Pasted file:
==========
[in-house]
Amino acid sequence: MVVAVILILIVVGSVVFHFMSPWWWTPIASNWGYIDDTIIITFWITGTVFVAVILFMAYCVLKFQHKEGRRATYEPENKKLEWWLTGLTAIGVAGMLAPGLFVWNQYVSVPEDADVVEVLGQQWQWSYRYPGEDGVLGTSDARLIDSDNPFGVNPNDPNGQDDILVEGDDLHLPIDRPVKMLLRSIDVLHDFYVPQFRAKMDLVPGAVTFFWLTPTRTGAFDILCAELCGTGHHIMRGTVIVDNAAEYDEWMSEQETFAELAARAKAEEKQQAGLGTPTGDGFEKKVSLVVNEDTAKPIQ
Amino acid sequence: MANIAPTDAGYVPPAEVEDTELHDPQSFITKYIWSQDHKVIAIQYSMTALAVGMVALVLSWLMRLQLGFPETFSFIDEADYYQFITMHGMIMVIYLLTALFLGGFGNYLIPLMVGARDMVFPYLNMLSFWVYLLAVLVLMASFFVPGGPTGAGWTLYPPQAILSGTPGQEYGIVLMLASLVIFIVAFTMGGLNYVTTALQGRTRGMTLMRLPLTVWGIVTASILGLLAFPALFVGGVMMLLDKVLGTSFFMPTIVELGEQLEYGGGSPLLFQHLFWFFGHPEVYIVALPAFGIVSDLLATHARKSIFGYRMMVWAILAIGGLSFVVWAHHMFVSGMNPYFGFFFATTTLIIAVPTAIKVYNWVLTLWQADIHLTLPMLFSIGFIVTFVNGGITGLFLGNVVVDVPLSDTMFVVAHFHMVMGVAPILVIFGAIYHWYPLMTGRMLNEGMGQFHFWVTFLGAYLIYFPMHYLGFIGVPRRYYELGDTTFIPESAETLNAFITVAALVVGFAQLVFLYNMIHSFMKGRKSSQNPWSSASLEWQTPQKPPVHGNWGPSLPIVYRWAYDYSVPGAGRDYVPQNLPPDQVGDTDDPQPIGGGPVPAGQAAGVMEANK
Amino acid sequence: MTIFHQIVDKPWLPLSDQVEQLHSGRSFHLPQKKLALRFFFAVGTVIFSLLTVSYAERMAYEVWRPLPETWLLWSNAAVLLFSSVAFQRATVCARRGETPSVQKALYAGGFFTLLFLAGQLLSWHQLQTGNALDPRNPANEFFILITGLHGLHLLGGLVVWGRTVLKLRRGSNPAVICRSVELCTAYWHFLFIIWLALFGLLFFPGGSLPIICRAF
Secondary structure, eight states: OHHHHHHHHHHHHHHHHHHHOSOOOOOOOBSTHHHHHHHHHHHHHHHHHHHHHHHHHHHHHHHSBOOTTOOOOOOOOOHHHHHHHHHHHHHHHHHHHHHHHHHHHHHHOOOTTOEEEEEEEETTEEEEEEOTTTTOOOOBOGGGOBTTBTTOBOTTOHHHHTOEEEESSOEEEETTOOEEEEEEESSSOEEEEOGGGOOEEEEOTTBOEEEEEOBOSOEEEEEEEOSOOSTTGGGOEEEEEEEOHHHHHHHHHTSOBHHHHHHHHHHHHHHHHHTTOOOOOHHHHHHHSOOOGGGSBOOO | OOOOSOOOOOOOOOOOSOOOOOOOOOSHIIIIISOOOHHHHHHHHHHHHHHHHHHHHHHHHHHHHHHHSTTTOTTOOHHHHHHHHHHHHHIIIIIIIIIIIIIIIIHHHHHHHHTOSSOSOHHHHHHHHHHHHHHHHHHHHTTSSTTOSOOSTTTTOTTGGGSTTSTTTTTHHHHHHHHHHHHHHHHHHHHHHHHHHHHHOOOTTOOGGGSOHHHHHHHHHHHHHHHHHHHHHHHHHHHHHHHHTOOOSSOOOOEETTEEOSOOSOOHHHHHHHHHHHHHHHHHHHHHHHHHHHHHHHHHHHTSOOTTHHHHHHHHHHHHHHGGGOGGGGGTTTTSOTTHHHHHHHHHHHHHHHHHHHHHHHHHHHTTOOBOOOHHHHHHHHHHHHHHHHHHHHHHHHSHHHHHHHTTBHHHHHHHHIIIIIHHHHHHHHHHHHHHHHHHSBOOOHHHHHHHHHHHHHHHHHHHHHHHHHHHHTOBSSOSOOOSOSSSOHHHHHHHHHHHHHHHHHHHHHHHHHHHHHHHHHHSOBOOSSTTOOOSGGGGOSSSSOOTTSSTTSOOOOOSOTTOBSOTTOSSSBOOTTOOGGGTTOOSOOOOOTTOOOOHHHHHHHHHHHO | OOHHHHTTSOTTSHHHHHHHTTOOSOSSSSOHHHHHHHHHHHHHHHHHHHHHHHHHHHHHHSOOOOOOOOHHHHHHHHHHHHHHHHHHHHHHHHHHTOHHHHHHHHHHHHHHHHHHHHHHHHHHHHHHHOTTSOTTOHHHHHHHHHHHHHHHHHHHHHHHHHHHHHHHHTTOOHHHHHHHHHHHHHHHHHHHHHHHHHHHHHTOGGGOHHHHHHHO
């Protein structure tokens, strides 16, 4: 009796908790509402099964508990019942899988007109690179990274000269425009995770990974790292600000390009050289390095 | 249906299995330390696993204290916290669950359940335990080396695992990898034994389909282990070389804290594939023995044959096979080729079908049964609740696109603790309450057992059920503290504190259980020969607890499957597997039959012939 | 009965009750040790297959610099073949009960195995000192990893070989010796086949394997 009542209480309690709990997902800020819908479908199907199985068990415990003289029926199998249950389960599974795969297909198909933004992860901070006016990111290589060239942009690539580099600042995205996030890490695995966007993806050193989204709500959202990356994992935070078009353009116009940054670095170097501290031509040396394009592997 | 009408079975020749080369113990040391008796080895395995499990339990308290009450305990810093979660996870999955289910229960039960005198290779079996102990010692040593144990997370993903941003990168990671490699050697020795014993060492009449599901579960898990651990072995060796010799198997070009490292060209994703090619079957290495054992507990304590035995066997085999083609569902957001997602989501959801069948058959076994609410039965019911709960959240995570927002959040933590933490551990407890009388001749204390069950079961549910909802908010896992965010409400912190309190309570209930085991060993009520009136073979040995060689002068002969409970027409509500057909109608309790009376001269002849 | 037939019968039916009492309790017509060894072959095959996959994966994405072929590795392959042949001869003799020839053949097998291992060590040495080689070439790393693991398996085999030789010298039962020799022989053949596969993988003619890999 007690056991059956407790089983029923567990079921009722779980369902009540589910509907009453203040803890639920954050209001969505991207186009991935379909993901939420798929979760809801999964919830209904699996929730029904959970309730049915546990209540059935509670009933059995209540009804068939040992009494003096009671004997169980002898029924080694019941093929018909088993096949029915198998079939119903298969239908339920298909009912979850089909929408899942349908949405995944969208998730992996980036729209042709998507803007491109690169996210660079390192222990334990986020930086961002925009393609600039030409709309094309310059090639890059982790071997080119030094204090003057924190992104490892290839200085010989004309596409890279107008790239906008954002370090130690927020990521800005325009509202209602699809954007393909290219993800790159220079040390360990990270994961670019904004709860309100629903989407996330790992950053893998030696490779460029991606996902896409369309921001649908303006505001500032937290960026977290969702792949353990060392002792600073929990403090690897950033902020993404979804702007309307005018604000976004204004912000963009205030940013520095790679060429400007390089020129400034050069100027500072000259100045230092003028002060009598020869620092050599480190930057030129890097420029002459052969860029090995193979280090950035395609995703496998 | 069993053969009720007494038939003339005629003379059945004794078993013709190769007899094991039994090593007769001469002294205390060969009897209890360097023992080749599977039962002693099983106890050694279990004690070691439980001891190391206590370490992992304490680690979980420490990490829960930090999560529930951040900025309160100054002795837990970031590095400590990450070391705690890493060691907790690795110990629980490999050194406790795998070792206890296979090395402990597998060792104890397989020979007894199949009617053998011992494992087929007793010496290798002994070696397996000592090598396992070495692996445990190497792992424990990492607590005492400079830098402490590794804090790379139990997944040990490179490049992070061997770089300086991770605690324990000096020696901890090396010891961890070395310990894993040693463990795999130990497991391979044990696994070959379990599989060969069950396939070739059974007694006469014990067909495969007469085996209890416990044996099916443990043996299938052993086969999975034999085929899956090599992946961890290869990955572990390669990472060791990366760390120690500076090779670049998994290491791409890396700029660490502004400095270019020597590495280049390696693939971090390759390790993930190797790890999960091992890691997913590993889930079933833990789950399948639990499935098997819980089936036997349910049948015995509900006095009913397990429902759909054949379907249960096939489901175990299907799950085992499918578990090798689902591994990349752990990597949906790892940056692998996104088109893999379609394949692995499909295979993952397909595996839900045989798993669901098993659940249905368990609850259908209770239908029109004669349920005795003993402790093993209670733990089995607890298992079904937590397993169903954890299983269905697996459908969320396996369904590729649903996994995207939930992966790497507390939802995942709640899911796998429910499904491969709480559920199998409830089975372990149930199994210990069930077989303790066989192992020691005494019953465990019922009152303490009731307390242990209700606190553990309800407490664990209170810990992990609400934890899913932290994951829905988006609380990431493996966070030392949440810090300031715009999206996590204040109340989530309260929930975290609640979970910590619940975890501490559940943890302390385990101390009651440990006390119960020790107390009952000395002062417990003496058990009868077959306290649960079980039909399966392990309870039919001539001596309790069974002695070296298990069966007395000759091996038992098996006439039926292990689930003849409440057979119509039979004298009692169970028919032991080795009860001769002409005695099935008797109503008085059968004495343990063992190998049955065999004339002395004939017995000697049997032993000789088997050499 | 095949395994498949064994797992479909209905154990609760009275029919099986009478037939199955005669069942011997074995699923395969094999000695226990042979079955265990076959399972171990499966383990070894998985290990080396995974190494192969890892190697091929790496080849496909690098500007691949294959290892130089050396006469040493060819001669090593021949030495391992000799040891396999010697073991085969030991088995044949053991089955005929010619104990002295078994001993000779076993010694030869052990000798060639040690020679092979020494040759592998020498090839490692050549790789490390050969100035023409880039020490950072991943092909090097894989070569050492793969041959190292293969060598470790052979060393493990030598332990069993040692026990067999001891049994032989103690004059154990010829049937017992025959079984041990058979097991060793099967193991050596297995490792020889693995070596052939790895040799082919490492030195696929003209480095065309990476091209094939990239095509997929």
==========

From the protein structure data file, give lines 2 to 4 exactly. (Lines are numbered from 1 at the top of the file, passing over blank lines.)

Amino acid sequence: MVVAVILILIVVGSVVFHFMSPWWWTPIASNWGYIDDTIIITFWITGTVFVAVILFMAYCVLKFQHKEGRRATYEPENKKLEWWLTGLTAIGVAGMLAPGLFVWNQYVSVPEDADVVEVLGQQWQWSYRYPGEDGVLGTSDARLIDSDNPFGVNPNDPNGQDDILVEGDDLHLPIDRPVKMLLRSIDVLHDFYVPQFRAKMDLVPGAVTFFWLTPTRTGAFDILCAELCGTGHHIMRGTVIVDNAAEYDEWMSEQETFAELAARAKAEEKQQAGLGTPTGDGFEKKVSLVVNEDTAKPIQ
Amino acid sequence: MANIAPTDAGYVPPAEVEDTELHDPQSFITKYIWSQDHKVIAIQYSMTALAVGMVALVLSWLMRLQLGFPETFSFIDEADYYQFITMHGMIMVIYLLTALFLGGFGNYLIPLMVGARDMVFPYLNMLSFWVYLLAVLVLMASFFVPGGPTGAGWTLYPPQAILSGTPGQEYGIVLMLASLVIFIVAFTMGGLNYVTTALQGRTRGMTLMRLPLTVWGIVTASILGLLAFPALFVGGVMMLLDKVLGTSFFMPTIVELGEQLEYGGGSPLLFQHLFWFFGHPEVYIVALPAFGIVSDLLATHARKSIFGYRMMVWAILAIGGLSFVVWAHHMFVSGMNPYFGFFFATTTLIIAVPTAIKVYNWVLTLWQADIHLTLPMLFSIGFIVTFVNGGITGLFLGNVVVDVPLSDTMFVVAHFHMVMGVAPILVIFGAIYHWYPLMTGRMLNEGMGQFHFWVTFLGAYLIYFPMHYLGFIGVPRRYYELGDTTFIPESAETLNAFITVAALVVGFAQLVFLYNMIHSFMKGRKSSQNPWSSASLEWQTPQKPPVHGNWGPSLPIVYRWAYDYSVPGAGRDYVPQNLPPDQVGDTDDPQPIGGGPVPAGQAAGVMEANK
Amino acid sequence: MTIFHQIVDKPWLPLSDQVEQLHSGRSFHLPQKKLALRFFFAVGTVIFSLLTVSYAERMAYEVWRPLPETWLLWSNAAVLLFSSVAFQRATVCARRGETPSVQKALYAGGFFTLLFLAGQLLSWHQLQTGNALDPRNPANEFFILITGLHGLHLLGGLVVWGRTVLKLRRGSNPAVICRSVELCTAYWHFLFIIWLALFGLLFFPGGSLPIICRAF